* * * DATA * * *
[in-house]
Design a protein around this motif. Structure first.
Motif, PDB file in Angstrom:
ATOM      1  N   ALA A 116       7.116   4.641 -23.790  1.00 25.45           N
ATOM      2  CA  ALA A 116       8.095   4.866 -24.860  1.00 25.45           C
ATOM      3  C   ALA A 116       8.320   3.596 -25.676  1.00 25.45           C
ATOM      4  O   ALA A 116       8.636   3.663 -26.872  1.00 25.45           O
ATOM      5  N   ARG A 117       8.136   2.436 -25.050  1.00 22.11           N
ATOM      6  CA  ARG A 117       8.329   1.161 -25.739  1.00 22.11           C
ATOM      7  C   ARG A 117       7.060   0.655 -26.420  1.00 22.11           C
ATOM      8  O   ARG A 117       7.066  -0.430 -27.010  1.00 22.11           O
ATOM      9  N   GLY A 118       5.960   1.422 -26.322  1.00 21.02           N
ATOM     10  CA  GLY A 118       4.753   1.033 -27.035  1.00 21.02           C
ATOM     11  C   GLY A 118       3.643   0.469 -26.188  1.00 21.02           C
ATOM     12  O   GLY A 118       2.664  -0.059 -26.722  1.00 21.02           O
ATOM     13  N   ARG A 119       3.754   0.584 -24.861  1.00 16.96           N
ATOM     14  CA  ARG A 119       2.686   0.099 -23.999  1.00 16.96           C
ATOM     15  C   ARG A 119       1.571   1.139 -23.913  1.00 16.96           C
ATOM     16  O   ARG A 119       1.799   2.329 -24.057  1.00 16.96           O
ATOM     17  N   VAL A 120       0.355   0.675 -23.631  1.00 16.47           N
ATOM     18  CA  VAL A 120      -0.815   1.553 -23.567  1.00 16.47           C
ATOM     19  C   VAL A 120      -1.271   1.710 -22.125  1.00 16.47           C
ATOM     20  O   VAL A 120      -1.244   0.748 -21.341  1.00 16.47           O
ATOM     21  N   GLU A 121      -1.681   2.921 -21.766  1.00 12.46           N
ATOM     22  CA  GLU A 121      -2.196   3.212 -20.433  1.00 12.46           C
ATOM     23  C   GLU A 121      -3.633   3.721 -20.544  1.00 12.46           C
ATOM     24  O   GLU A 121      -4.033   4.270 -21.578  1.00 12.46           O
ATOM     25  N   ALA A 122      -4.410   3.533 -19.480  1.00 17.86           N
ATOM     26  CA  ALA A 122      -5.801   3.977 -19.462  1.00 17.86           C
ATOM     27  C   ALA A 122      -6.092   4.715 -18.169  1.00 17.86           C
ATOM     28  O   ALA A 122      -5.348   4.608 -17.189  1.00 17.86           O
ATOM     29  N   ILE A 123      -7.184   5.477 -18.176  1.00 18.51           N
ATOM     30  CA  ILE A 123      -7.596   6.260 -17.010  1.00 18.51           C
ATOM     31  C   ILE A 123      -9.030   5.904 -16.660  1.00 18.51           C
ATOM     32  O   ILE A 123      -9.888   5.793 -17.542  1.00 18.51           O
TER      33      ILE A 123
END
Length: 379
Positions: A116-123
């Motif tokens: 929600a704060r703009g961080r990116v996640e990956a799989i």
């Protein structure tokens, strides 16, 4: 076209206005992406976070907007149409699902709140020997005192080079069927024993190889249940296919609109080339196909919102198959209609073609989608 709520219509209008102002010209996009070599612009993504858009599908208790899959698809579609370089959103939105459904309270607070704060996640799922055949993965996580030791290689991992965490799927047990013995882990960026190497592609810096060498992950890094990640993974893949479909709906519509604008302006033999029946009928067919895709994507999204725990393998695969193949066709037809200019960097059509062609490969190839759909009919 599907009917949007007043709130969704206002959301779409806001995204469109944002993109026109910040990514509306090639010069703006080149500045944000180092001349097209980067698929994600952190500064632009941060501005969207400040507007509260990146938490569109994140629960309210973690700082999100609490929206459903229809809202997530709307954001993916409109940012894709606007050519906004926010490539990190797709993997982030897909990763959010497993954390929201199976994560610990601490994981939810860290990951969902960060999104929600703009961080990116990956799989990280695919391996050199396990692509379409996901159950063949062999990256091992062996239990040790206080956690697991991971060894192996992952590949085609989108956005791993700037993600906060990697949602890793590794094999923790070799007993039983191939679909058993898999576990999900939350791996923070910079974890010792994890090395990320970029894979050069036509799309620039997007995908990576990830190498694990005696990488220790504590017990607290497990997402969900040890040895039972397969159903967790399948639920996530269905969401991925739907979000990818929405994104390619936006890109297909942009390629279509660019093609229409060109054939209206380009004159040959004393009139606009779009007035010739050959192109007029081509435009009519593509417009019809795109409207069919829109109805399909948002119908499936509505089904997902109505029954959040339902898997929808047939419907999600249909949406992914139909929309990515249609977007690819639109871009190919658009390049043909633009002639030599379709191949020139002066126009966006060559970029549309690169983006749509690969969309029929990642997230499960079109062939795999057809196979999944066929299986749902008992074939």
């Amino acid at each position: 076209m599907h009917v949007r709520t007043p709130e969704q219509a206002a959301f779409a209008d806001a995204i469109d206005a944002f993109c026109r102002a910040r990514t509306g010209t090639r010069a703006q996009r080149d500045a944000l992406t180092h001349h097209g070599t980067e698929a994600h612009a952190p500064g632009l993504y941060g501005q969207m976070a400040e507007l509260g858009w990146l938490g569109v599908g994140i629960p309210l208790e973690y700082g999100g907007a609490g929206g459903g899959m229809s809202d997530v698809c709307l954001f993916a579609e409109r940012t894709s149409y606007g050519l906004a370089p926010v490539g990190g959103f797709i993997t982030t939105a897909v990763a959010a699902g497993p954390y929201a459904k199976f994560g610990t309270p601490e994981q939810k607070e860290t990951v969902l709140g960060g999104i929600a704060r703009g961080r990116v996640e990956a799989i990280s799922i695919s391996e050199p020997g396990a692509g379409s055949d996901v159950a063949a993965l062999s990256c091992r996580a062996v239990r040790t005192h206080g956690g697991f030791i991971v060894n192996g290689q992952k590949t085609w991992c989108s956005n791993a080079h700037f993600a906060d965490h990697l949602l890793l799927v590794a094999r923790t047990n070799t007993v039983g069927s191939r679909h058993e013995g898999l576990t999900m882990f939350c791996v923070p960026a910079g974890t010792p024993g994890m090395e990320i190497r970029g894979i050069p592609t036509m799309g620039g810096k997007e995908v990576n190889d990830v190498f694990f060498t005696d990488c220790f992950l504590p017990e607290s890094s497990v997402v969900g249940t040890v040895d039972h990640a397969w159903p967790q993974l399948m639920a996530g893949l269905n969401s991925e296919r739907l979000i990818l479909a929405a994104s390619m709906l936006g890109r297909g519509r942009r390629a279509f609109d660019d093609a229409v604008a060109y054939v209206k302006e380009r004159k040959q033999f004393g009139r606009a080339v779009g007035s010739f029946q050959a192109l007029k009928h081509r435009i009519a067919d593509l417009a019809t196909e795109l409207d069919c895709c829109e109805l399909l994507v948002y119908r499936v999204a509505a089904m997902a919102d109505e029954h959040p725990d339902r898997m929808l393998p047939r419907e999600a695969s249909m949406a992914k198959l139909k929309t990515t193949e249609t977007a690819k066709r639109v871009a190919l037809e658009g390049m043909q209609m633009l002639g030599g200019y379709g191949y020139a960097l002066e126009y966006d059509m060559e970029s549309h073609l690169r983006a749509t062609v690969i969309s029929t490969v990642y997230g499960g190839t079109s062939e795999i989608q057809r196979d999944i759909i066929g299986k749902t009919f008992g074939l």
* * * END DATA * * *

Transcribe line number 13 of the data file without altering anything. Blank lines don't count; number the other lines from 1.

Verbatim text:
ATOM     10  CA  GLY A 118       4.753   1.033 -27.035  1.00 21.02           C